Another great recruiting book, How Successful People Lead describes the five different “levels” of leadership one passes through on the journey to mastery. Each step focusing not only on the leader but how they interact with those around them.

Level one is position - mainly a placeholder where others follow you because they have to. Typically, because you're the boss and that’s just the way it is.

Level two is permission - where others follow you because they want to. By way of building personal relationships with them and earning their trust and respect.

Level three is known as production - earning loyalty because of what you do for your organization. Improving morale, profits, or the overall direction of the business.

Level four is people development - like level two, people development is centered on helping others improve themselves or their position within the organization.

Level five is the pinnacle - others follow you because of who you are and what you have become. You represent an ideal that others aspire to, so following you becomes the natural choice.

Maxwell notes these five steps are not standalone units, but combinations of the levels above and below them. All of which must be continually cultivated over time.

The 7 Habits of Highly Successful People: Stephen Covey

Another stalwart in your personal development tool chest. This classic describes how to achieve meaningful long-term goals vs. wasting time on minutiae. There are so many great ideas in this book, but here are a few of the most popular.

Starting with the end in mind - Covey talks about creating your own personal mission statement to help guide your daily activities. He says clearly defining what you want to accomplish, and eventually be remembered for, becomes the guiding compass of your life. And that all decisions should be filtered through this lens.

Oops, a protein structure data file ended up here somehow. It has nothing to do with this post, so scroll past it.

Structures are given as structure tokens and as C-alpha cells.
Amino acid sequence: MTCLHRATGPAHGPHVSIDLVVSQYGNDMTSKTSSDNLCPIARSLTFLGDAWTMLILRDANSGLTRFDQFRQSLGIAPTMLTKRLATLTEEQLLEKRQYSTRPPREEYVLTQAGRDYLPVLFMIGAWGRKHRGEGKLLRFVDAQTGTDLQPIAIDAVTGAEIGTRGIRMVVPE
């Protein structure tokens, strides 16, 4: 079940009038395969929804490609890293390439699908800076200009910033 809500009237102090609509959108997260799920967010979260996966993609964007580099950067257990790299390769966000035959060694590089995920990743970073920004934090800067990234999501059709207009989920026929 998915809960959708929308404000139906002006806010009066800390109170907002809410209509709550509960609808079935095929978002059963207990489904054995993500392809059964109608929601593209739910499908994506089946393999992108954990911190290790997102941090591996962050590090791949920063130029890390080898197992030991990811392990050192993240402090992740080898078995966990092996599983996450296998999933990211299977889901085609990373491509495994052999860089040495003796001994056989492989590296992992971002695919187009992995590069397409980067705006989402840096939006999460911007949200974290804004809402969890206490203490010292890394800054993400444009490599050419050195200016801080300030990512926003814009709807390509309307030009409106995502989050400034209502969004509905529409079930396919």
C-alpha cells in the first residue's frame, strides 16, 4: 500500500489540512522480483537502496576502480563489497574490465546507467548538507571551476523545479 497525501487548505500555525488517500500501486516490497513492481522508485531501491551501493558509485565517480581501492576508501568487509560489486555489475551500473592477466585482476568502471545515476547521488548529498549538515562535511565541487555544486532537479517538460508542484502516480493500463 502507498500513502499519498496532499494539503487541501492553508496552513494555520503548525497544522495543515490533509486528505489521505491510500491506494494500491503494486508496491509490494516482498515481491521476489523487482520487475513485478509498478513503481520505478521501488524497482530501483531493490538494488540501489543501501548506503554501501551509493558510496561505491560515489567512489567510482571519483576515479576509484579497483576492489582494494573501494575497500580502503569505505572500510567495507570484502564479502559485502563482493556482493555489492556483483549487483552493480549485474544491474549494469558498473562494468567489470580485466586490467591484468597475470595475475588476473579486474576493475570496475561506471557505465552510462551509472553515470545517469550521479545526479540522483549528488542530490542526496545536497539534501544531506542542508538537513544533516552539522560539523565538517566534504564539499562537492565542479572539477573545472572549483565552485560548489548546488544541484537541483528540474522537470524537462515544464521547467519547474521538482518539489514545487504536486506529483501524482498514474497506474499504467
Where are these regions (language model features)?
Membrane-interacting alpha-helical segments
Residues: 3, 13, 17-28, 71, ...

He also talks about the liberating power of saying “no” to opportunities that move you away from your goals vs bringing them closer. Covey explains that the best way to avoid the guilt associated with saying no is by cultivating a stronger internal fire of yes.

Which, again, points back to being clear about what you want in the first place.

Mr. Covey also covers in detail the practice of “seeking first to understand, then be understood.” Meaning, that you should always listen and empathize with others before offering advice or guidance. This practice earns the other parties trust and allows you to provide better and more specific suggestions to their problems.

Conclusion

Although finding and keeping the best packaging talent is never easy, there are ways to streamline the process. Reading (and learning) from seasoned business experts is one of the best ways to go about it. Not only to help with hiring and retention but to increase your managerial skills as well.

And while each of these books has a slightly different focus, all agree on three main points. Set the example, put others first, and never stop learning or growing.

Now that’s good advice for anybody.

What are some of your favorite business books? 

Leave a comment below and let us know!